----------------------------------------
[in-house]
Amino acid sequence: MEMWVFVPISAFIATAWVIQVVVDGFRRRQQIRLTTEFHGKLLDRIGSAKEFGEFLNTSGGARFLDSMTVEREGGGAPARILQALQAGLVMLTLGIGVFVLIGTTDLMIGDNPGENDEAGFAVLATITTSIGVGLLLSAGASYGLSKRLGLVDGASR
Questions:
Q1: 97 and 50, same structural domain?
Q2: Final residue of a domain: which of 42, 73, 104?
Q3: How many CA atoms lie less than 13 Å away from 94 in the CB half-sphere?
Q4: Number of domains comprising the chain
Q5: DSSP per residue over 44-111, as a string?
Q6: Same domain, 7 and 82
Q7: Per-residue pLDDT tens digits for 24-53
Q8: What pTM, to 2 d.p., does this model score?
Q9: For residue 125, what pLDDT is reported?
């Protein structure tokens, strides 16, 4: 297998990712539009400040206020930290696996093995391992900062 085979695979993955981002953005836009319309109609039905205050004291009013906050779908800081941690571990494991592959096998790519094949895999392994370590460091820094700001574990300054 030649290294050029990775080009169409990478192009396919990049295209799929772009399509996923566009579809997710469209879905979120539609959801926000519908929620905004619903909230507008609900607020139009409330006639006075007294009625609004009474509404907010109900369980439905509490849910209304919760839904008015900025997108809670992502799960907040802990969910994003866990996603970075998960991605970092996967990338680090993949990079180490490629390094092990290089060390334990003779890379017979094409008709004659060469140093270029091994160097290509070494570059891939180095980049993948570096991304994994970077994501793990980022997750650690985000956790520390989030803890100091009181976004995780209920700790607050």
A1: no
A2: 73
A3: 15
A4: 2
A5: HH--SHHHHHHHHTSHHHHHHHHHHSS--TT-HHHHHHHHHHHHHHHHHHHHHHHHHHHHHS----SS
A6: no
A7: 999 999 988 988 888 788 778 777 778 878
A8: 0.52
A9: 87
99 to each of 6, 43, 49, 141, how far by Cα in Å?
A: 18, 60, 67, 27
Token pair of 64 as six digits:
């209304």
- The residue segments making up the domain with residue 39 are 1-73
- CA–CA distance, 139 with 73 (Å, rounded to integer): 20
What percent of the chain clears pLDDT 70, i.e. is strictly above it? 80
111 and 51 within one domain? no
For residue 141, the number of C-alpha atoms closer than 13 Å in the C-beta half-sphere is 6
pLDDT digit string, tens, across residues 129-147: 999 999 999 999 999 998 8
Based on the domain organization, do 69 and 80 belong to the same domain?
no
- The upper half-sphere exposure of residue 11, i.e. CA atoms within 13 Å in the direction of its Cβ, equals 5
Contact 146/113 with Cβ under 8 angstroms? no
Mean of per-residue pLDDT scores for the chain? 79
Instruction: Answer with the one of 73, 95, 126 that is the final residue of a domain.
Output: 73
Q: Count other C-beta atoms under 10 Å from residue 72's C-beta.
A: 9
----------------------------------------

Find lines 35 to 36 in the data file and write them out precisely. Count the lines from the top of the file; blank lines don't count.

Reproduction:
- The upper half-sphere exposure of residue 11, i.e. CA atoms within 13 Å in the direction of its Cβ, equals 5
Contact 146/113 with Cβ under 8 angstroms? no